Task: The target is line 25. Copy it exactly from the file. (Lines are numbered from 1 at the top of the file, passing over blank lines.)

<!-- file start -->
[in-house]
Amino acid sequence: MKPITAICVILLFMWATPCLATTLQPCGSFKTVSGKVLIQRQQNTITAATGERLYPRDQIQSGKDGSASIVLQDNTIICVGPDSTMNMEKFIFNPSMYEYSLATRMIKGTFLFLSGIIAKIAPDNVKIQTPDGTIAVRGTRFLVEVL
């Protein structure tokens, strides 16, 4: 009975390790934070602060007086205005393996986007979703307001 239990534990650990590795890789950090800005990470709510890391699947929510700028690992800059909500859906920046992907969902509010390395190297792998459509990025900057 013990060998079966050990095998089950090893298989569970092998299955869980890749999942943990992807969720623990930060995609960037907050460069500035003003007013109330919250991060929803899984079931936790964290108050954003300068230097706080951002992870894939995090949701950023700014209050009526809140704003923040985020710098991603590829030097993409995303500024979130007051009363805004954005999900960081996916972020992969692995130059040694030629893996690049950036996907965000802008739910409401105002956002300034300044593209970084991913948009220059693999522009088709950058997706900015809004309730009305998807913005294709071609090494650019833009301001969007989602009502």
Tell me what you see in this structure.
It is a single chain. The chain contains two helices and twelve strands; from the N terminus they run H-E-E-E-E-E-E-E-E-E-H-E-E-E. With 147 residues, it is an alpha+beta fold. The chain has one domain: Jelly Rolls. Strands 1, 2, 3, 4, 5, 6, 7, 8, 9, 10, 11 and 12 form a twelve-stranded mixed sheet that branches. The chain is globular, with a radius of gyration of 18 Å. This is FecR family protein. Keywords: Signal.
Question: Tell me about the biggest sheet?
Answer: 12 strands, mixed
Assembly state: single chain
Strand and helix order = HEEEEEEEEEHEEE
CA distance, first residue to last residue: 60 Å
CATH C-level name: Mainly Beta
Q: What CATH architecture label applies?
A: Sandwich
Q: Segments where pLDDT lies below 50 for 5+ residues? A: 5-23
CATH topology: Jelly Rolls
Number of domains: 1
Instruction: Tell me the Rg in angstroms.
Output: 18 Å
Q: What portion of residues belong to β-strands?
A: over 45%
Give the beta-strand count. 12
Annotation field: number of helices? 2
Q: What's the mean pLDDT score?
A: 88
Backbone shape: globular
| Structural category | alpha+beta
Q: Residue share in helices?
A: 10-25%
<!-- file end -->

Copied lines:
Backbone shape: globular